[Note for data-wonks: the data reported in the figure above come from a cross-referencing of Mayday's most recent donor data release (through 8/18) plus its two FEC reports (through 8/20; here and here). Mayday's donor data release on its web site is deficient in many respects, including missing donation dates and large 'contributions' reported on its web site but not in its FEC filings for the same period, necessitating this binning of data from two separate sources. Large donations reported by Mayday on its web site but not found in its authoritative FEC filings are excluded from the data shown in this figure. Repeated requests to Mayday leaders for clarification of its data deficiencies, over the course of two weeks, have not been responsively addressed as of the time of publication of this diary.]
Individual factoids appear to confirm the dismal state of big-money donor performance reflected in this graph. Early and influential video promotions for Mayday PAC from such luminaries as Steve Wozniak, Jason Alexander, Joseph Gordon-Levitt, and Alex Bores have not, to date, been followed up by individual donations in these supporters' names reported to the FEC through 8/20 (Bores is a partial exception, having donated $300 through 8/20 according to FEC records).
At this rate, Mayday's hoped-for $12 million Big Stick for this election cycle -- and much, much more for the 2016 cycle -- will certainly find it hard to grow from the hick'ry switch it is today.
Maybe that's part of what's eating Lessig right now.
III. RWNJ Mayday Endorsee Takes the Money and Gives Mayday PAC The Finger
Recalling that a crucial component of Mayday's strategy is its assumption that money can buy it Republican love, recent events in New Hampshire might also be eating the PAC's founder.
Recently (but a couple of months after the fact) I became aware of and reported the assertion from ThinkProgress that Mayday PAC RWNJ endorsee, Jim Rubens [R; NH-Sen], had signed the Koch brothers' Americans For Prosperity (AFP) climate denial pledge not long before Mayday gave his candidacy its endorsement. Judging by Lessig's immediately following request to me to show proof of this, I wasn't the only one who was surprised to learn this; apparently Mayday's Republican advisor and media guru, Mark McKinnon, lacks something in vetting skills (or else, for his own reasons, chooses not to report to Lessig what he finds).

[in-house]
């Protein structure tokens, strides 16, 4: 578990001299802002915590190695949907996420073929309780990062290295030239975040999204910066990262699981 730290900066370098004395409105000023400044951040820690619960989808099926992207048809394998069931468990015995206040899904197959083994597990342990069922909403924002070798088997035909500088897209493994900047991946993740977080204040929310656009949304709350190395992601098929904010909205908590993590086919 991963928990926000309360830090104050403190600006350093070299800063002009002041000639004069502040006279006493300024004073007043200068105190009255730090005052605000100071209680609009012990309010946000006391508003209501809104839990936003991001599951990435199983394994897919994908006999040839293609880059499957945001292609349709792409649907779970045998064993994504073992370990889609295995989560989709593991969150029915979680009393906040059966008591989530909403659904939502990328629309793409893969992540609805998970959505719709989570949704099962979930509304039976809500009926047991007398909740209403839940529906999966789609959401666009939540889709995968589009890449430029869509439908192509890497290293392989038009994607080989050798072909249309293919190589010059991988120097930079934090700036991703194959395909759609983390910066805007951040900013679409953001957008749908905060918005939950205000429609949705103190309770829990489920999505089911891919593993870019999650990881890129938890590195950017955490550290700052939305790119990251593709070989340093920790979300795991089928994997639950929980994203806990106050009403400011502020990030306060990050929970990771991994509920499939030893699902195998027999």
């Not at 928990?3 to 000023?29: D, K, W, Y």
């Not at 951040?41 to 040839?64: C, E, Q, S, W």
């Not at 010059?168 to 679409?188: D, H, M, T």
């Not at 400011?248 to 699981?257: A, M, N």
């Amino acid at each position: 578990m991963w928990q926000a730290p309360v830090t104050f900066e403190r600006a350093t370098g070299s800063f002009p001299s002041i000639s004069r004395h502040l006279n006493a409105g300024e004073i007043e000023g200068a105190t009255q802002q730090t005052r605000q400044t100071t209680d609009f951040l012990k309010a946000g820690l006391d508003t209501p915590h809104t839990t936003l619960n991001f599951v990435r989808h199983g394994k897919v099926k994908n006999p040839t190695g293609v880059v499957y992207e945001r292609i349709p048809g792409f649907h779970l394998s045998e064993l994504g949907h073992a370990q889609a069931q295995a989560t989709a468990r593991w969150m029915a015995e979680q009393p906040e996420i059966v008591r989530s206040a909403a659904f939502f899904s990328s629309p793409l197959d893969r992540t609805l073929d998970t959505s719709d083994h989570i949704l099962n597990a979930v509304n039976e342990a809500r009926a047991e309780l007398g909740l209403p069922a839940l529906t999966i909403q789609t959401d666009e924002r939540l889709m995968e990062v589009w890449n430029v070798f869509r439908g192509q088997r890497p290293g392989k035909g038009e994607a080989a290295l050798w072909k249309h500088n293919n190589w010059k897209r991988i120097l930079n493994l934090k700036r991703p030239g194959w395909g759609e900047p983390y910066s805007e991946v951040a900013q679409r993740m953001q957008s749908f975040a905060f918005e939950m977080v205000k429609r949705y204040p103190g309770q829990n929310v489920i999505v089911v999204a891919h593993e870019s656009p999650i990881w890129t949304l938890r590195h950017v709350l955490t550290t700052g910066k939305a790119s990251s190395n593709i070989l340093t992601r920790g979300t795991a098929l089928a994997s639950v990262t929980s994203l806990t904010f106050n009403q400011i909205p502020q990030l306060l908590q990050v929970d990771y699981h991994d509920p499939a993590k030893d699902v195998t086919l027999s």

But at the end of the day, Rubens' late June Koch-sucking was hardly a death-knell for Mayday's Buy Republicans First strategy, given that it happened at least a full month prior to Mayday's surprise endorsement of Rubens. Hey, first come, first served. Rather, the actual death-knell was Rubens' repeat offense after receiving Mayday's endorsement, again kowtowing to the Kochs and AFP by also signing its "taxpayers [sic] pledge," which AFP press releases allow us to date sometime on or after July 30th and on or before August 12th -- that is to say, after he received Mayday's July 29th endorsement.
So much for Mayday's thesis that Mayday PAC, with its puny $7 million, can seduce avaricious Republicans away from the seductive charms of the likes of the Kochs' Big Dark Money.
That's gotta hurt. And that, too, is likely what's eating Lawrence Lessig.